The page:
As the APNU+AFC government looks to make the sugar sector more competitive in light of local and global challenges, Presi-dent David Granger met with executives of United Kingdom (UK)-based sugar and ethanol trading, advisory and supply chain management firm, Czarnikow.
The meeting was held yesterday at the National Liberal Club in London to discuss the reorganisation of the sugar sector and the development of a competitive marketing strategy for the Guyana Sugar Corporation Incorporated (GuySuCo).
According to a release from the Ministry of Presidency, Czarnikow, which has been working with the sugar company for a number of years, will engage with GuySuCo on the new strategic plan after the White Paper on the Future of the Sugar Indus-try is laid in the National Assembly on May 8, and debates are completed.
Minister of Agriculture Noel Holder submitted the draft of the White Paper to Cabinet for its consideration at its meeting on Tuesday, April 18.
Minister of State Joseph Harmon had told the media at the post-Cabinet press briefing that the laying of the document in the National Assembly would continue the government’s trend of ensuring openness, transparency and accountability in the determination of the way forward for the industry.
He had said too that the White Paper would entail the issuing of land to workers and cane farmers who would be invited to undertake agro-based activities.
That is one of three plans that have been highlighted in the White Paper with the other two being divesting “some of [GuySuCo’s] facilities” and amalgamating some estates and factories.
He said the land would become available based on government’s plan to divest some of the facilities.
Accompanying the President were Minister of Foreign Affairs Carl Greenidge and High Commissioner Hamley Case; they met with Czarnikow’s Associate Director John Ireland and Chief Executive Officer Robin Cave.
President Granger said Guyana needs technical support even as the country looks toward the consolidation of the industry in order to make it more competitive.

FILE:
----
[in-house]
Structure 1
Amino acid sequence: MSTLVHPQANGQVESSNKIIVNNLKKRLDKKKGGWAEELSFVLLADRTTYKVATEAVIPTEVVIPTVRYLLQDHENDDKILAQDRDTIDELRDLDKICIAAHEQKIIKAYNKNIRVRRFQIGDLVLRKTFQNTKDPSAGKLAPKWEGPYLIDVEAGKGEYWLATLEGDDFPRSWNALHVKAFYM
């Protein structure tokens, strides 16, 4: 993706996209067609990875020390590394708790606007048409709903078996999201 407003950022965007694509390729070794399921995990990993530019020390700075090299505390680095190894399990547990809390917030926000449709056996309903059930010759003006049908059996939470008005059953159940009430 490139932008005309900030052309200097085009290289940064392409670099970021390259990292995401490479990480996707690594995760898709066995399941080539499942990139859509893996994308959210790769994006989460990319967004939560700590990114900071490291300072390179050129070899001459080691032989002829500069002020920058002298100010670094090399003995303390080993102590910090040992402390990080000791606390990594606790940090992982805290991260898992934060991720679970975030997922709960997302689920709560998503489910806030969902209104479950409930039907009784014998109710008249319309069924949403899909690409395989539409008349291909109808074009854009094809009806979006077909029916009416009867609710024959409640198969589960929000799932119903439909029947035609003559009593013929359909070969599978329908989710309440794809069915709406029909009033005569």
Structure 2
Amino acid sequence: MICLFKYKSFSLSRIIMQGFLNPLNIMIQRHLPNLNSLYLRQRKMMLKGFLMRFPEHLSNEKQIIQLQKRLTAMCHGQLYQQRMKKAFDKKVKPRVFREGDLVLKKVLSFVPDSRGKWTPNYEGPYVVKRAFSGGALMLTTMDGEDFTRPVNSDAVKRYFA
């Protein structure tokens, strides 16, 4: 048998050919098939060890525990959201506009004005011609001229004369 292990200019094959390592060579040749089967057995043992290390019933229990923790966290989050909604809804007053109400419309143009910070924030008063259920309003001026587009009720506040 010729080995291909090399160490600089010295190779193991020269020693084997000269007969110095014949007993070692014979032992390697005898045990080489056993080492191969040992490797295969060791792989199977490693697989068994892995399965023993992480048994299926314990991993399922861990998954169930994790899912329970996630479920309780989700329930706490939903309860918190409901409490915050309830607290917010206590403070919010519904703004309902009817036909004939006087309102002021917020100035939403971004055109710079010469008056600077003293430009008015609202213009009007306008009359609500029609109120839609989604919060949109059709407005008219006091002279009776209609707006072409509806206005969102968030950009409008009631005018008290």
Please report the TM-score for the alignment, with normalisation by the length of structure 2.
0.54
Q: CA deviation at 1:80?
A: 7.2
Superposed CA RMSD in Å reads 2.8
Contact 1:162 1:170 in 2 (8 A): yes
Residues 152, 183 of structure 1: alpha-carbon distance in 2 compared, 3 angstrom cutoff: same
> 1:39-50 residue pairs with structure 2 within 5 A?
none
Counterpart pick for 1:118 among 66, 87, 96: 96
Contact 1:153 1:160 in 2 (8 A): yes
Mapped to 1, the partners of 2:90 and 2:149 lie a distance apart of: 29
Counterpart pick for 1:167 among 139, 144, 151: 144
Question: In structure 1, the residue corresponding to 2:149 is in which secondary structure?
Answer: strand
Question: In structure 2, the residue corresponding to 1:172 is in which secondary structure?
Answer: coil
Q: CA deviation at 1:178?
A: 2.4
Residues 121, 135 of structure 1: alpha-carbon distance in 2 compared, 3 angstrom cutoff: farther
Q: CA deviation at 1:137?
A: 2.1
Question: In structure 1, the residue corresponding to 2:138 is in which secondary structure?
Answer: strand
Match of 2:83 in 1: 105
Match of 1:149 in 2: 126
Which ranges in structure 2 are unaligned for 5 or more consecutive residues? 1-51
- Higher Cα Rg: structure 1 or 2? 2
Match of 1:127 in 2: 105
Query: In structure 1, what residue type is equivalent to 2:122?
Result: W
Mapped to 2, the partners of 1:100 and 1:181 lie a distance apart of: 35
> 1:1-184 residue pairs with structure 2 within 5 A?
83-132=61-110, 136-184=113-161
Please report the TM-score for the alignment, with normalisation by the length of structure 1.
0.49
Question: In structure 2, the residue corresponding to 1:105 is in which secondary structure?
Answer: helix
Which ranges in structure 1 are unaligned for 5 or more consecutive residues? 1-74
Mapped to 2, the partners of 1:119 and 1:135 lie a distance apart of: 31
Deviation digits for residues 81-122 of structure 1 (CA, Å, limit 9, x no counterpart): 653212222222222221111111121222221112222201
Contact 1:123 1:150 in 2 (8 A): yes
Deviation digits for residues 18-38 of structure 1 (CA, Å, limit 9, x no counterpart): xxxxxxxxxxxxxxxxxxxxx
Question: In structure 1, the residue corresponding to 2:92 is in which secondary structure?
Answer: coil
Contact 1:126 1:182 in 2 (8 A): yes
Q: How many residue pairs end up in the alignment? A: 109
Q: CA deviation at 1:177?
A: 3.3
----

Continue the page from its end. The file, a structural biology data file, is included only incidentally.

This, he said, would be done through a combination of the maintenance of the Albion, Blairmont and Uitvlugt sugar estates, private sector investment and the promotion of peasant farming.
The President said too that a push towards increased value-added production is important to the future of the industry.
Currently, the sector employs about 17,000 people and the President emphasised the need for investment in order to ensure viability and increased efficiency in the industry.
The meeting also allowed discussions on ways to consolidate Guyana’s access to the British market in light of Brexit, the term coined to describe the United Kingdom’s impending withdrawal from the EU.
This matter is at the top of the agenda for discussions, during the President’s visit to the UK this week, but Guyana’s marketing strategy for sugar is also likely to include improving access to EU markets and the expansion of marketing arrangements in the Caribbean Community.
Over the next few days President Granger will engage in a series of high-level meetings in addition to the Carib-bean Council’s Annual Reception at the House of Lords and the Investment Seminar on Guyana.
While there, the President will also have an audience with Her Majesty Queen Elizabeth II. He will meet with Rt Hon Baroness Anelay of St Johns DBE as well as the Guyanese diaspora in London.